329 F.2d 541 (2nd Cir. 1964), 255, Berlin v. E. C. Publications, Inc.
|Docket Nº:||255, 28502.|
|Citation:||329 F.2d 541, 141 U.S.P.Q. 1|
|Party Name:||Irving BERLIN et al., Plaintiffs-Appellants, v. E. C. PUBLICATIONS, INC., et al., Defendants-Appellees.|
|Case Date:||March 23, 1964|
|Court:||United States Courts of Appeals, Court of Appeals for the Second Circuit|
Argued Jan. 10, 1964.
Julian T. Abeles, New York City, for plaintiffs-appellants.
Martin J. Scheiman, of Scheiman, Albert & MacLean, New York City (Jack N. Albert, New York City, of counsel), for defendants-appellees.
Before LUMBARD, Chief Judge, and KAUFMAN and MARSHALL, Circuit Judges.
IRVING R. KAUFMAN, Circuit Judge.
Through depression and boom, war and peace, Tin Pan Alley has light-heartedly insisted that 'the whole world laughs' with a laugher, and that 'the best things in life are free.' In an apparent departure from these delightful sentiments, the owners of the copyrights upon some twenty-five popular songs instituted this action against the publishers, employees and distributors of 'Mad Magazine,' alleging that Mad's publication of satiric parody lyrics to plaintiffs' songs infringed the copyrighted originals, despite Mad's failure to reproduce the music of plaintiffs' compositions in any form whatsoever. Twenty-five causes of action were alleged, each representing a particular song copyrighted by the plaintiffs and parodied by the defendants.
On cross-motions under Rule 56, F.R.Civ.P., the District Court awarded summary judgment to the defendants as to twenty-three of the claims, finding no similarities in mood, content, or purpose between the original lyrics and the parodies; concluding that the two remaining causes of action presented closer questions, the court denied summary relief to both parties as to these two claims. Asserting that the District Court decision constituted an invitation to plagiarism, the plaintiffs appealed. 1
The validity of plaintiffs' copyrights has never been challenged, and we need concern ourselves here only with the nature, purpose and effect of the alleged infringements. The parodies were published as a 'special bonus' to the Fourth Annual Edition of Mad, whose cover characterized its contents as 'More Trash From Mad-- A Sickening Collection
of Humor and Satire From Past Issues,' and almost prophetically carried this admonition for its readers: 'For Solo or Group Participation (Followed by Arrest).' Defendants' efforts were billed as 'a collection of parody lyrics to 57 old standards which reflect the idiotic world we live in today.' Divided into nine categories, ranging from 'Songs of Space & The Atom' to 'Songs of Sports,' they were accompanied by the notation that they were to be 'Sung to' or 'Sung to the tune of' a well-known popular song-- in twenty-five cases, the plaintiffs' copyrighted compositions. So that this musical direction might feasibly be obeyed, the parodies were written in the same meter as the original lyrics.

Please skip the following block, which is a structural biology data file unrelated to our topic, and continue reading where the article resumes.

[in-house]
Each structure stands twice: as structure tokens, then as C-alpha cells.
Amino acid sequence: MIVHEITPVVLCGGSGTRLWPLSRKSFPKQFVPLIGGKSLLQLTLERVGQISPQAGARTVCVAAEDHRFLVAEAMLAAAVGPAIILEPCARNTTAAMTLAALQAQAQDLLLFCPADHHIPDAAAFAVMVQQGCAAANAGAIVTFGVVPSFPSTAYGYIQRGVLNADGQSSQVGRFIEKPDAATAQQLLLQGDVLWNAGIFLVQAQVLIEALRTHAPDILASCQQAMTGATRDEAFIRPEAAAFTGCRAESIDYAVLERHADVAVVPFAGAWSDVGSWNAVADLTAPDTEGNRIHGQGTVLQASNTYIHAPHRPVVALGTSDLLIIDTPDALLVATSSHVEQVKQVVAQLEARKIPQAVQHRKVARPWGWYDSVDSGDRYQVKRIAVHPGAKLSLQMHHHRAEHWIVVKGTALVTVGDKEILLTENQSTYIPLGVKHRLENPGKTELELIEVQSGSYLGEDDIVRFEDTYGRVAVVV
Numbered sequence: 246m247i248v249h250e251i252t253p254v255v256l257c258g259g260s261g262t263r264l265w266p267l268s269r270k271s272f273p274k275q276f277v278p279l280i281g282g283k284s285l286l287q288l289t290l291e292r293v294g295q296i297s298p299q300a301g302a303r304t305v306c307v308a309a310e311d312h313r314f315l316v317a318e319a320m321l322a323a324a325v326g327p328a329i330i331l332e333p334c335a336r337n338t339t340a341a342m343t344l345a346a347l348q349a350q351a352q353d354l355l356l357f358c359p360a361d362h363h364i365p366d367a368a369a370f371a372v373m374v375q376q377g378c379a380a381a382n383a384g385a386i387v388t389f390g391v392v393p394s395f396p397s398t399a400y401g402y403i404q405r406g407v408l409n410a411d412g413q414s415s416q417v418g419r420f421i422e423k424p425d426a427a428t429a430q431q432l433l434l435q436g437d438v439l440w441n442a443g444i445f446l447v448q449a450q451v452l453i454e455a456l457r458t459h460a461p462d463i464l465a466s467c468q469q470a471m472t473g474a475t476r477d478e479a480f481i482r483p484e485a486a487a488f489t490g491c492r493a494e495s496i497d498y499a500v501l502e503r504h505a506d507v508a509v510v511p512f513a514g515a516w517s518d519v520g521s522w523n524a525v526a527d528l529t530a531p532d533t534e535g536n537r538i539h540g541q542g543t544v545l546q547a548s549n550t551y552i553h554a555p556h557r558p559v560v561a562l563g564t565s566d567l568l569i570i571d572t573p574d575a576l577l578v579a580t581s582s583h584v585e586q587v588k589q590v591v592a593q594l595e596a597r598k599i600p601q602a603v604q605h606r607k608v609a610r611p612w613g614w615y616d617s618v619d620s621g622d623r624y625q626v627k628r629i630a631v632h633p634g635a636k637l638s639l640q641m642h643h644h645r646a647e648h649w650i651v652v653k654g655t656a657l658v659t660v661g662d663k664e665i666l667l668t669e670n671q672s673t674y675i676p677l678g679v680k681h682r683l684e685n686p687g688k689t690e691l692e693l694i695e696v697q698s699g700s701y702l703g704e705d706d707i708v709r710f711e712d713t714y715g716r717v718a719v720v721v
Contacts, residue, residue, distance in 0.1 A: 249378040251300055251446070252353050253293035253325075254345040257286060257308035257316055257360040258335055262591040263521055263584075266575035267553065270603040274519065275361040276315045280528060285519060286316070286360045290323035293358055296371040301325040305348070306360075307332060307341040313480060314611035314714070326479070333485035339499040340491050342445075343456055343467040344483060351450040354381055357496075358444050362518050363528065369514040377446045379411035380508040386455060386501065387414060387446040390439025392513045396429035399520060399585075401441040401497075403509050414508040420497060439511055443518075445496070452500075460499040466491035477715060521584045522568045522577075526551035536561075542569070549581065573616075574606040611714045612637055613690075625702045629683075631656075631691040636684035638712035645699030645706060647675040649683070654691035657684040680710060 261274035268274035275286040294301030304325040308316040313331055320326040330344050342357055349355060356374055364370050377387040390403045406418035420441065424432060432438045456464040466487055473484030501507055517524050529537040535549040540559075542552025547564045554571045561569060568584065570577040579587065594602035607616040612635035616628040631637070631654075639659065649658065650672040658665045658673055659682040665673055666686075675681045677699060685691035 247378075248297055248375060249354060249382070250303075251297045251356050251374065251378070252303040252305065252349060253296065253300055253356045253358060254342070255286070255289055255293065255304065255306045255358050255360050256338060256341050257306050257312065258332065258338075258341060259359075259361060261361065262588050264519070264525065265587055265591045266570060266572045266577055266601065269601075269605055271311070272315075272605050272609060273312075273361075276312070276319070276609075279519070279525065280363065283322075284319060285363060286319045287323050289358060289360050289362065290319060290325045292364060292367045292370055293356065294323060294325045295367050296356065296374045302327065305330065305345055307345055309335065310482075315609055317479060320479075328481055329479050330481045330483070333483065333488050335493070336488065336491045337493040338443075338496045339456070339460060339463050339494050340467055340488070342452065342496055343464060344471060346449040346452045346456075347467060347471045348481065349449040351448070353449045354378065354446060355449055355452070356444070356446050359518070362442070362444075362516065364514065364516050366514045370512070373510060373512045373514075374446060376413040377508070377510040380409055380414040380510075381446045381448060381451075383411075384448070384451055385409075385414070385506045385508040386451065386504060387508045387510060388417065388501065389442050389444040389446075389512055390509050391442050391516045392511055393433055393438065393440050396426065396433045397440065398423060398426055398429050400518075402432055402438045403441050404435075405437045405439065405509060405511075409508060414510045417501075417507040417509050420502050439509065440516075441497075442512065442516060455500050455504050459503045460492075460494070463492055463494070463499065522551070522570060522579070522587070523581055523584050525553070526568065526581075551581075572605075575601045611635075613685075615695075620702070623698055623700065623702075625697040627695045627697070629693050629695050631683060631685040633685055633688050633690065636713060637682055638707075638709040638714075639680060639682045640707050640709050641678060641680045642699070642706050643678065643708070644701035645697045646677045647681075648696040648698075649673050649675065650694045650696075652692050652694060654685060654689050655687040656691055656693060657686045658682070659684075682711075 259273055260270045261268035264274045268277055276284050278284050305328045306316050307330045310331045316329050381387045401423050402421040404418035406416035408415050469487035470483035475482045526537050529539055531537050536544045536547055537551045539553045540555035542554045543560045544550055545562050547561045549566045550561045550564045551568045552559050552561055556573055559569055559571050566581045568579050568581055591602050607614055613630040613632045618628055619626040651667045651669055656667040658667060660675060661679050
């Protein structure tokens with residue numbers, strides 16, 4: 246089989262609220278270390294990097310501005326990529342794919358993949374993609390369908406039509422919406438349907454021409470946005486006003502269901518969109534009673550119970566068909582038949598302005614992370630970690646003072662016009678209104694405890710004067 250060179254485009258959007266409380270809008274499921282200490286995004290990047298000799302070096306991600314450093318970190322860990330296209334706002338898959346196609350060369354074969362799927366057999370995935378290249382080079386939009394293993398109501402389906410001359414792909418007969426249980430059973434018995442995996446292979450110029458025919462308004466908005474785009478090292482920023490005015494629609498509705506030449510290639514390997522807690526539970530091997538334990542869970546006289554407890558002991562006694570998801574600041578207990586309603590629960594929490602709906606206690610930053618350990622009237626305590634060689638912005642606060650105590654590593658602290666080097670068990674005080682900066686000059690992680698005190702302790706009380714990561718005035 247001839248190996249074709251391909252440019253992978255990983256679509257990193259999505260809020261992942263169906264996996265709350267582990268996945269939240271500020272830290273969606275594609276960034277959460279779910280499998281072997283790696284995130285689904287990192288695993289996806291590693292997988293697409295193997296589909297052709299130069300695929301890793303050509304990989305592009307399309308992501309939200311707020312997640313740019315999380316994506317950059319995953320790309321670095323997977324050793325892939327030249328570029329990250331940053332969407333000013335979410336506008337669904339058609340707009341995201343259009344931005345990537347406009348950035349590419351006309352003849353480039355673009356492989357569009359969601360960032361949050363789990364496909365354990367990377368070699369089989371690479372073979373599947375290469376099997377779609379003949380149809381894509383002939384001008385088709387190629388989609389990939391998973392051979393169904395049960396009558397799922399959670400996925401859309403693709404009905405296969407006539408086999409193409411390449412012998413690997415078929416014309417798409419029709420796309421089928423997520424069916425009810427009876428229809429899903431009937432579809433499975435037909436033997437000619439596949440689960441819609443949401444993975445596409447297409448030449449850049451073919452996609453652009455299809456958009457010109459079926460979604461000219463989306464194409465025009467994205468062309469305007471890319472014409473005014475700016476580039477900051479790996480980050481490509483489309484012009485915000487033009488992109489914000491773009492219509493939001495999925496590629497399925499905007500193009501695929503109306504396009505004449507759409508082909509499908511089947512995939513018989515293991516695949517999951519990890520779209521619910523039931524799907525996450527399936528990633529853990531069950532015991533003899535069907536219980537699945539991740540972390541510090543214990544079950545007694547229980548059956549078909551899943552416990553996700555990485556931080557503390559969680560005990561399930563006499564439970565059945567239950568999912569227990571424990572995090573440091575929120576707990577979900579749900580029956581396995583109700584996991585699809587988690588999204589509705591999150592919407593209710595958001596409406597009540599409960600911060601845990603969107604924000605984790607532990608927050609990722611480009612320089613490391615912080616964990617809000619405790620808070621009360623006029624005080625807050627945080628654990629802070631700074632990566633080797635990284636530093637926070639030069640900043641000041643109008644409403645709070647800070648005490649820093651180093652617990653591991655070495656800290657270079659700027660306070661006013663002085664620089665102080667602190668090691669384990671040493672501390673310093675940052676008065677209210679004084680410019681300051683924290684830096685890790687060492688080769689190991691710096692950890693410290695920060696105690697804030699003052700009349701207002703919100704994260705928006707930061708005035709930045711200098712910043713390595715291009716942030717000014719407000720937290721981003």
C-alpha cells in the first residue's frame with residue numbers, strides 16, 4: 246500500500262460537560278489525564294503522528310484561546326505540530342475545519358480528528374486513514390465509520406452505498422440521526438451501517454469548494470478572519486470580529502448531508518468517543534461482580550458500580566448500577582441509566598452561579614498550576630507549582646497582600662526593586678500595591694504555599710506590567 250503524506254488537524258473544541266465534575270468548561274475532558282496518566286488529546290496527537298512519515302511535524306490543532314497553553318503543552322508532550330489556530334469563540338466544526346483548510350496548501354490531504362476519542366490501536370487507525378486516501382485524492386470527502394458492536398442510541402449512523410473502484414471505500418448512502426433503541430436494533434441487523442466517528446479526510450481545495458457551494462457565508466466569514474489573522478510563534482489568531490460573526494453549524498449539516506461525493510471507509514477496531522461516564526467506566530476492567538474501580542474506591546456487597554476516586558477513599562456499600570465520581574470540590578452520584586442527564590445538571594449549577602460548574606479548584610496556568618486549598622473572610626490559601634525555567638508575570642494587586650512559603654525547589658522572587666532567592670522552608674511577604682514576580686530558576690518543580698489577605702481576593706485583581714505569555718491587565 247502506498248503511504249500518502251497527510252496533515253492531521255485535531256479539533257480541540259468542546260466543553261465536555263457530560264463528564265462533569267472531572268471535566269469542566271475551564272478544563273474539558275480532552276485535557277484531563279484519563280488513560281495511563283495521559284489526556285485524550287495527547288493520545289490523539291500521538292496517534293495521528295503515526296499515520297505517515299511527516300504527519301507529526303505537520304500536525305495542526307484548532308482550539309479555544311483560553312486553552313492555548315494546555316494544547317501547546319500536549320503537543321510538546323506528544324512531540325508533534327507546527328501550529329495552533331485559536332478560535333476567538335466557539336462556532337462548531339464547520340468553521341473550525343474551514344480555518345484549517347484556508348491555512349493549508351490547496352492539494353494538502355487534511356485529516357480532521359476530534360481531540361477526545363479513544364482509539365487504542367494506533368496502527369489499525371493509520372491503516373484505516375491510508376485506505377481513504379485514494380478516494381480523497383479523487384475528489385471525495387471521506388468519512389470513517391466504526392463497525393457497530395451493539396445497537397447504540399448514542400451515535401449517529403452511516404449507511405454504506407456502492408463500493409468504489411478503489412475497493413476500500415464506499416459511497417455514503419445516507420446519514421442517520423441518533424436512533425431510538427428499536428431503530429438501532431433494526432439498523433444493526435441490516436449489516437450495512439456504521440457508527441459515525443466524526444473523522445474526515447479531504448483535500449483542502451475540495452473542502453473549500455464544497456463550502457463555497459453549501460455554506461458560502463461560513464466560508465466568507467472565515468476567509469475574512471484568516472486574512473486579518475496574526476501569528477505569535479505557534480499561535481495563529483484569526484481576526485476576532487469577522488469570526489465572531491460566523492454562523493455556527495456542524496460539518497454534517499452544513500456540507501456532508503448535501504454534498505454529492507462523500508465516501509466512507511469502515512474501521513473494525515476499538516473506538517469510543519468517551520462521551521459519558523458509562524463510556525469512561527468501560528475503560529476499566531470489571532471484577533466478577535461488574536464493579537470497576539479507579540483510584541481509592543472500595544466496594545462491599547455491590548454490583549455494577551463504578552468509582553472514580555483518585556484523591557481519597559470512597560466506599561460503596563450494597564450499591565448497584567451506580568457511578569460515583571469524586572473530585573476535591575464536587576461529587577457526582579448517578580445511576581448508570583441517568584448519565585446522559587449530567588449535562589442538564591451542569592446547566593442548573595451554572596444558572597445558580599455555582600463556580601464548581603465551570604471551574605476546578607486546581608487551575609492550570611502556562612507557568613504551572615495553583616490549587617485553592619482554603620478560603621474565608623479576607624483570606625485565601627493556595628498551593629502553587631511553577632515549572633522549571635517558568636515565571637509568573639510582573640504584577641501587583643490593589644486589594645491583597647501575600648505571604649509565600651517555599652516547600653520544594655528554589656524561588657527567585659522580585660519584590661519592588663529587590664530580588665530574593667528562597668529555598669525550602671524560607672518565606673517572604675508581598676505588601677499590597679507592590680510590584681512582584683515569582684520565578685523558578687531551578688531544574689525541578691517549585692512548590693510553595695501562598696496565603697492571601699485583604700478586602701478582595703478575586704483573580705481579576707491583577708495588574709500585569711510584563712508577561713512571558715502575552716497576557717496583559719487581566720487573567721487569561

The District Court observed that the theme and content of the parodies differed markedly from those of the originals. Thus, 'The Last Time I Saw Paris,' originally written as a nostalgic ballad which tenderly recalled pre-war France, became in defendants' hands 'The First Time I Saw Maris,' a caustic commentary upon the tendency of a baseball hero to become a television pitchman, more prone to tempt injury with the razor blade which he advertises than with the hazards of the game which he plays. Similarly, defendants transformed the plaintiffs' 'A Pretty Girl Is Like a Melody,' into 'Louella Schwartz Describes Her Malady'; what was originally a tribute to feminine beauty became a burlesque of a feminine hypochondriac troubled with sleeplessness and a propensity to tell the world of her plight. As might be inferred from the range of categories presented and the foregoing examples of defendants' works, the parodies were as diverse in their targets for satire as they were broad in their humor.
While the plaintiffs have resolutely insisted that the defendants' use of the original songs as a vehicle for the parodies was wrongful, and have alleged, in general terms, that the claimed infringements 'caused substantial and irreparable damage,' they have not indicated with any degree of particularity the manner in which injury might have been inflicted. There is no allegation akin to 'passing-off'; with considerable reason, the plaintiffs have not asserted that the music-buying public could have had any difficulty in differentiating between the works of plaintiffs and defendants. Neither is there a claim that defendants' parodies might satisfy or even partially fulfill the demand for plaintiffs' originals; quite soundly, it is not suggested that 'Louella Schwartz Describes Her Malady' might be an acceptable substitute for a potential patron of 'A Pretty Girl Is Like a Melody.'
Rather, plaintiffs appear to seek redress upon a theory of copyright relief, closely resembling that behind recovery for unjust enrichment. Pointing to the use of the titles, the meter, and an occasional phrase from the original lyrics in an occasional song, the plaintiffs insist that their copyrighted efforts were improperly appropriated by the defendants for their own financial gain. Asserting that the copyright laws...
To continue readingFREE SIGN UP